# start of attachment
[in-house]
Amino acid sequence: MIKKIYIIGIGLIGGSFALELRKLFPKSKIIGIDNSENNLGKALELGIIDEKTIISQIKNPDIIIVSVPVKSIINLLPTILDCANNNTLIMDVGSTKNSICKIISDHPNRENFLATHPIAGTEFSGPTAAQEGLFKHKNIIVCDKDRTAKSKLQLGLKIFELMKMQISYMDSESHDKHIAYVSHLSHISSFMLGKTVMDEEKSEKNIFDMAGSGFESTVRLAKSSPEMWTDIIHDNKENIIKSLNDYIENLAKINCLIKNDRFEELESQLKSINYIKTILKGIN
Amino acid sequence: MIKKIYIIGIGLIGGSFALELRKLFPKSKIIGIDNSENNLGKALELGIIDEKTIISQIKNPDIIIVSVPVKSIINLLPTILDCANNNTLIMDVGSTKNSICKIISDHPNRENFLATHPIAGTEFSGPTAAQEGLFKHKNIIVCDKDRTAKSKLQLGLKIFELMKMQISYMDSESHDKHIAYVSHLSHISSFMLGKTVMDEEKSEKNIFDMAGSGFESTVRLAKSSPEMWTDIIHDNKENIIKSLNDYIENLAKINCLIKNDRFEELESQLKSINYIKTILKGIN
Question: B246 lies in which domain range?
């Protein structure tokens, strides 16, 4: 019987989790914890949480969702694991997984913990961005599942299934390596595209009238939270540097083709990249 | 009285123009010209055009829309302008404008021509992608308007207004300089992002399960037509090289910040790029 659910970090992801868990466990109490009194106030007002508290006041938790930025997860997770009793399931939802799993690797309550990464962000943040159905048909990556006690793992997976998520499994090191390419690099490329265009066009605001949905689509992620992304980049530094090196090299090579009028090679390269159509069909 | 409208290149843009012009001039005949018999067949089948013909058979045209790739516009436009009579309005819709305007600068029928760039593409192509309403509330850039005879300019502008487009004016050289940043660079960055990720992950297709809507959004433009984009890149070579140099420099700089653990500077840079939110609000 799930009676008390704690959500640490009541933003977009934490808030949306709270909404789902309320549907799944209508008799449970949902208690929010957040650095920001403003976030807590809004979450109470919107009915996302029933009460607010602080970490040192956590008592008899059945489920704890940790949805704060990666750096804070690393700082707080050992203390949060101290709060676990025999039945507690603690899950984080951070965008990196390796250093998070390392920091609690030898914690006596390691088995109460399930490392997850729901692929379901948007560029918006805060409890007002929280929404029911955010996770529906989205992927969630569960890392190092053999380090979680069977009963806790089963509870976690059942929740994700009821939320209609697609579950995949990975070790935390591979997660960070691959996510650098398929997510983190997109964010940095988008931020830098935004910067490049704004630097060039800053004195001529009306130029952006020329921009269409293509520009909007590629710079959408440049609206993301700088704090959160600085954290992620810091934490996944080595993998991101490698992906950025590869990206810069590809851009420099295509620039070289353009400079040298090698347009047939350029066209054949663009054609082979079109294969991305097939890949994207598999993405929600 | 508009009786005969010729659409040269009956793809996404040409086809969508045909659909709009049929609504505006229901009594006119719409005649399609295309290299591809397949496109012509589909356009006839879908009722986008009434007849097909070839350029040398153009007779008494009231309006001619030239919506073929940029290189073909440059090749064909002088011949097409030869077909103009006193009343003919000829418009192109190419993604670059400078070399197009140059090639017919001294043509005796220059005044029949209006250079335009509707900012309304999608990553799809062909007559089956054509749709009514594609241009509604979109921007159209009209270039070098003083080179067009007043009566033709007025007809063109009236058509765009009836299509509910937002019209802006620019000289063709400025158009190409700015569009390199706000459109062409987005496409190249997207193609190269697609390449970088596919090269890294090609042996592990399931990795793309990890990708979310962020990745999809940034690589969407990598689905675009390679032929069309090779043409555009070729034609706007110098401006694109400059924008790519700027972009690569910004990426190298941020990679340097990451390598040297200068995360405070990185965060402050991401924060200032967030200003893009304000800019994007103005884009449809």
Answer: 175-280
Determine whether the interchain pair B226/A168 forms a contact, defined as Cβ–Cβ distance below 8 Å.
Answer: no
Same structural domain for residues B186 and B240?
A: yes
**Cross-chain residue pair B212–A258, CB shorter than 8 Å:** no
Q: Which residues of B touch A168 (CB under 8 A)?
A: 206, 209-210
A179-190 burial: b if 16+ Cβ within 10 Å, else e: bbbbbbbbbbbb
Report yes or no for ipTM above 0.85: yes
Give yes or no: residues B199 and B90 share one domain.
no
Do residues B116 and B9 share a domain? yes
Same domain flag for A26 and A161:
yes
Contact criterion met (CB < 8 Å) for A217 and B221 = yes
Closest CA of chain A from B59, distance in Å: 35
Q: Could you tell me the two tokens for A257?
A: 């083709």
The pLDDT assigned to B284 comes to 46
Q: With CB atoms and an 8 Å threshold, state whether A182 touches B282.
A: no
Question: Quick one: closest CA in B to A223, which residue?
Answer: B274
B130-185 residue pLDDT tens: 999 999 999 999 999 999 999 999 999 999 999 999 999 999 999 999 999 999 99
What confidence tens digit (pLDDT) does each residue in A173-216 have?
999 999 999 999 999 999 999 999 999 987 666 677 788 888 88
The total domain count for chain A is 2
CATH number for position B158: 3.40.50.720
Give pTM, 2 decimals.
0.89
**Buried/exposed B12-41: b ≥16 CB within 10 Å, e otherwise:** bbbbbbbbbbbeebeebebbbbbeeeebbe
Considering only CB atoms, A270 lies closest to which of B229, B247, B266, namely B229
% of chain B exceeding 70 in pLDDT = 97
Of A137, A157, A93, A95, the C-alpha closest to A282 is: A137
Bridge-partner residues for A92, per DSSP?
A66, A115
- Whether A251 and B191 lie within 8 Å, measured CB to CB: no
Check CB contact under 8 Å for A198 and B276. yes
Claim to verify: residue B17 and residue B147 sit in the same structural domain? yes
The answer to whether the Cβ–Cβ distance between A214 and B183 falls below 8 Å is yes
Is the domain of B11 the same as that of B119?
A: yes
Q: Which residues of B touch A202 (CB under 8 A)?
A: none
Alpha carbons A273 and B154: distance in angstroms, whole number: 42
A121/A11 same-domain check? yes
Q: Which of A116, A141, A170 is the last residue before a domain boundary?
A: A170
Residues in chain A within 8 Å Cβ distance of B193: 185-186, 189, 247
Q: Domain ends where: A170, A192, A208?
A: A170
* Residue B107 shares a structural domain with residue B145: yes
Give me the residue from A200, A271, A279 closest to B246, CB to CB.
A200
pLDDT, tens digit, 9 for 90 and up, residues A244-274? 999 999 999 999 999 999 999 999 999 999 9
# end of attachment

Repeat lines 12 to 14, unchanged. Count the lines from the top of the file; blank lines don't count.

Q: Which residues of B touch A168 (CB under 8 A)?
A: 206, 209-210
A179-190 burial: b if 16+ Cβ within 10 Å, else e: bbbbbbbbbbbb